Note carefully that fringe benefits, superannuation and payments to contractors have some employers exceeding the thresholds without being aware of it.
Current payroll tax rates thresholds 2021/22 are:
RATE ON EXCESS OVER
|QLD||4.75% / 4.95% *1||$1,300,000|
|TAS||4.00% / 6.10% *4||$1,250,000|
The above thresholds may be reduced where the company is part of a group and/or pays interstate wages.
- 4.75% on wages $6.5mil or less, 4.95% on wages more than $6.5mil
- For regional employers, 1.125% from 1 July 2021
- 0% – 4.95% on wages $1.5mil to $1.7mil. Over $1.7mil 4.95%
- 4% low rate applies to wages $1.25mil to $2mil
- Payrolls up to $7,500,000. For wages in excess, see www.osr.wa.gov.au
Employers who are not members of a group must register within seven days after the end of the month in which their average weekly payroll first exceeds 1/52 of the relevant annual exemption threshold.
All States provide for the grouping of related or associated businesses so that their wages are aggregated, and one threshold only applies to the group.
Normally, one group member claims the exemption threshold, and the remaining members must pay a flat rate of tax.
Grouping of employers
Under the grouping provisions, two or more employers may constitute a group if:
- They are related bodies corporate within the meaning of the Corporations Act 2001 (Cwth); or
- They use the same employees or have an agreement for shared use of employees, or an employee is hired by one employer to work in another business: or
- The same persons have controlling interests in a number of businesses (whether conducted by persons, partnerships, corporations, or trusts); or
- One has a controlling interest in the other (being a corporation) under the tracing provisions.
If an employer is a member of two or more groups, all the members of those groups will constitute one group.
As some borderline and definitional issues vary between the States, only use the above information as a guide.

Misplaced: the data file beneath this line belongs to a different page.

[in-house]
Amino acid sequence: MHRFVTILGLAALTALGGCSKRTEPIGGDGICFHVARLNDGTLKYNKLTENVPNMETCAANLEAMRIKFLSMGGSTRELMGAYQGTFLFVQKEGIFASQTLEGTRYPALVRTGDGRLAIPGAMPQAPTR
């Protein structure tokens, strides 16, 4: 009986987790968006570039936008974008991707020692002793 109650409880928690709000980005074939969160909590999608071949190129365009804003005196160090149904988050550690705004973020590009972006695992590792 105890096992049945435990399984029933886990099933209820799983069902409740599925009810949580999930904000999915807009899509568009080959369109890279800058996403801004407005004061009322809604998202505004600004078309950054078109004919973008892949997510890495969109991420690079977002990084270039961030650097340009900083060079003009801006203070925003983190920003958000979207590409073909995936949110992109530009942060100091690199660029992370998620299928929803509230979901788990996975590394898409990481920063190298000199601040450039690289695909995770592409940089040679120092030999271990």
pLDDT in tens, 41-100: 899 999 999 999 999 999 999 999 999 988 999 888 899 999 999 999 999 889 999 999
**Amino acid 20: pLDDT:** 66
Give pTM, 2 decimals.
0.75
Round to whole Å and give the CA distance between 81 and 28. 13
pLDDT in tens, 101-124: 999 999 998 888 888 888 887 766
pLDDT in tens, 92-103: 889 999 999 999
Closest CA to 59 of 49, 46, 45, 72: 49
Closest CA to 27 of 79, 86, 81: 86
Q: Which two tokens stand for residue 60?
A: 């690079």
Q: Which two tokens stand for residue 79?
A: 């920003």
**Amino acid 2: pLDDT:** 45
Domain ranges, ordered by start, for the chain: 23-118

Areas of concern include what constitutes an employee and an independent contractor. As many businesses have been caught unawares, real care needs to be taken.
Although we make every reasonable effort to get the thresholds and payroll tax rates correct, some State Budgets come out subsequent to publication.
A number of concessions have been announced in the wake of the Covid-19 economic crisis. Refer to the relevant websites below
For more details, refer to the websites listed below:
COMMENT ON RECENT DEVELOPMENTS
Enhanced data matching techniques used at the Federal and state levels are catching out more employers who fall foul of the grouping provision or engage in sham contracting.
This means paying contracting fees to people (or their entities) who are essentially employees in all but name.
Understandably, employers do not want to pay this tax which is effectively a disincentive to take on new staff and expand a business.
Having said this, some states have a Payroll Tax Rebate Scheme to offer rebates to eligible employers who take on new staff. For example, the S.A. Government has recently extended their scheme for a further four years. Check the relevant revenue website to see if you are eligible.
An alternative view is that payroll tax is an important part of State Revenue and should be factored in as a cost of doing business.
For those close to the thresholds, working directors may instead elect to take dividends rather than salaries from companies. Also, those employers (and their advisors) who think they are just beneath the threshold should carefully study the expanded definition of wages.
Employers close to the threshold on normal basic wages can expect to come under increased scrutiny.